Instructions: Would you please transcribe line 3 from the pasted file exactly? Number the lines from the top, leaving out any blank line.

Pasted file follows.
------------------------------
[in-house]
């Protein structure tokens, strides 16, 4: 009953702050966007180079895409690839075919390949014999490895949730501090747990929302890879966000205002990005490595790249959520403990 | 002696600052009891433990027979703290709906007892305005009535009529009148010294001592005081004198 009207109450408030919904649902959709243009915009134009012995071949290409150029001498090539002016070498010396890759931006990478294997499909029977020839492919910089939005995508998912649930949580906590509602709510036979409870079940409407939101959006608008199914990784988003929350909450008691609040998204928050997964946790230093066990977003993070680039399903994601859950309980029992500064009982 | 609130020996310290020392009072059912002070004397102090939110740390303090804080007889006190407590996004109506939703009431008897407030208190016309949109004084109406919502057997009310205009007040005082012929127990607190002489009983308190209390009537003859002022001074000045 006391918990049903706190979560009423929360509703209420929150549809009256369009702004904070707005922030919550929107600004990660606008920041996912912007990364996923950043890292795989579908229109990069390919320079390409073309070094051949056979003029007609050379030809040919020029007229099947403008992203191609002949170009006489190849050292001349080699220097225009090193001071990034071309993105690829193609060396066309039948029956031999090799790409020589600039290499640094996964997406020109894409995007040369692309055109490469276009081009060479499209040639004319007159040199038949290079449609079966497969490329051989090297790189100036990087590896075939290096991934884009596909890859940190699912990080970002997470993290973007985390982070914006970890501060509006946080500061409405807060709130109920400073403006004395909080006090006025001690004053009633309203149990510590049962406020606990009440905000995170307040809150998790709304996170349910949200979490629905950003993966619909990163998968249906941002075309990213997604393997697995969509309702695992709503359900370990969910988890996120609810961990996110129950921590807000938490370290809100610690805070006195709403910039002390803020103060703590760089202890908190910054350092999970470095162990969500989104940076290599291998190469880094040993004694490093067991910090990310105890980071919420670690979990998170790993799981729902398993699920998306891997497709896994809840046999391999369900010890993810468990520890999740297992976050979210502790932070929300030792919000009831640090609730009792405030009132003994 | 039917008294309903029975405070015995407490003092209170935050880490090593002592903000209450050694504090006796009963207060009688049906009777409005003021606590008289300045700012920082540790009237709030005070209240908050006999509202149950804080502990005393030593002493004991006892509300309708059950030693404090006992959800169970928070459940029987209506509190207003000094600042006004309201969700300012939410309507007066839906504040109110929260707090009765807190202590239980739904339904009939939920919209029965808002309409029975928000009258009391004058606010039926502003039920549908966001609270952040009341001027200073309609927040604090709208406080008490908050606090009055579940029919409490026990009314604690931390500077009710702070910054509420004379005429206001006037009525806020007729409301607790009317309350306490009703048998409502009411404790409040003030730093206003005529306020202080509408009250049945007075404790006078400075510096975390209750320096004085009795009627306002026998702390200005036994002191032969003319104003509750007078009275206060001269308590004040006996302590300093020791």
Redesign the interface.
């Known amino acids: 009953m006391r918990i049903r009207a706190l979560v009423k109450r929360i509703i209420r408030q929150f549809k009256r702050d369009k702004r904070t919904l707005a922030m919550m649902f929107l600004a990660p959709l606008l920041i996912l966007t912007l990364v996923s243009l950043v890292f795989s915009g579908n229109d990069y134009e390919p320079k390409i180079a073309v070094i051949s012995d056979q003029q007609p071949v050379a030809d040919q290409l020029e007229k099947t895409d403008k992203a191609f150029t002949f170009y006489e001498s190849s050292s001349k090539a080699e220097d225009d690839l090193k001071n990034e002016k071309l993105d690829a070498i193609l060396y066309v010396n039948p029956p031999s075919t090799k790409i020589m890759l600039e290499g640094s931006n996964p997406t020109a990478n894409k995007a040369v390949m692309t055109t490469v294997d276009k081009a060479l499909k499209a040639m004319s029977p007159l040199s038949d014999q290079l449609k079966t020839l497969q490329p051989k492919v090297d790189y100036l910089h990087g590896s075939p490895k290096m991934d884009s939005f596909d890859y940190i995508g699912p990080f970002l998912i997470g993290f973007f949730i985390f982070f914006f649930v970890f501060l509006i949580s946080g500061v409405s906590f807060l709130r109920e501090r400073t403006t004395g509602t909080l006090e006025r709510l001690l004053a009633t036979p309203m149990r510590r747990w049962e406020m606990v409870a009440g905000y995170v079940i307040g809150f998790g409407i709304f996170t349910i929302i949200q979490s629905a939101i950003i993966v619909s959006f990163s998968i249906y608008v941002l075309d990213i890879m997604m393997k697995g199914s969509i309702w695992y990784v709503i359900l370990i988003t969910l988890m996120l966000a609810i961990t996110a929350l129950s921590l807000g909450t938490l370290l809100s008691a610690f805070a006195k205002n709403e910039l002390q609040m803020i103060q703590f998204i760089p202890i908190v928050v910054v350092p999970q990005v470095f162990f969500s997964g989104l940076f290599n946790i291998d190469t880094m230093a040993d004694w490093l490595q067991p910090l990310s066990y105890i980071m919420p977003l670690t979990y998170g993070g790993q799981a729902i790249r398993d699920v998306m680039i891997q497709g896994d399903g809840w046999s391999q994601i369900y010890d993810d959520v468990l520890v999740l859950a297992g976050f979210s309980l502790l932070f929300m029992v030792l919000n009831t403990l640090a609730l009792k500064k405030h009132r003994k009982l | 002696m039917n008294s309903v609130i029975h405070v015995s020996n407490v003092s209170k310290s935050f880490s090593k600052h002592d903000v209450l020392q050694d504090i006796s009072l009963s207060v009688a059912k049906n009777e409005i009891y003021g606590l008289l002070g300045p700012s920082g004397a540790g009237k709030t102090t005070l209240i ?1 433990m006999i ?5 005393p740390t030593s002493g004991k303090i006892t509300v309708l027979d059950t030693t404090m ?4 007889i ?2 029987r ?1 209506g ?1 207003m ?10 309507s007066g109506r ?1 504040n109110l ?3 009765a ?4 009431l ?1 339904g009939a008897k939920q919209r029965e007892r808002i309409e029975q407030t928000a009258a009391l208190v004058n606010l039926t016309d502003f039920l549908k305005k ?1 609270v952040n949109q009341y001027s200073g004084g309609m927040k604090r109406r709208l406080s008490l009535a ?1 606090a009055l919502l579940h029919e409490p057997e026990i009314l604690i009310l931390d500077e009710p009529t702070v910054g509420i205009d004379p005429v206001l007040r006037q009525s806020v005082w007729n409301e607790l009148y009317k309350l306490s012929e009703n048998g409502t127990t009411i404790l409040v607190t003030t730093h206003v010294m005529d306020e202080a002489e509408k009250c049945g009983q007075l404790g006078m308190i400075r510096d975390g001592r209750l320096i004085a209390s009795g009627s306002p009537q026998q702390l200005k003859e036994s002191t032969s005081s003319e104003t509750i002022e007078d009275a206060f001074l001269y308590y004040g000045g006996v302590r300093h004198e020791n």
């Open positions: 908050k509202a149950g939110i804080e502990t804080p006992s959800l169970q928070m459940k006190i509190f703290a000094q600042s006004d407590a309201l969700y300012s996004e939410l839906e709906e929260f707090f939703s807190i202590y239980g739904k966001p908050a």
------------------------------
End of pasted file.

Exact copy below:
Redesign the interface.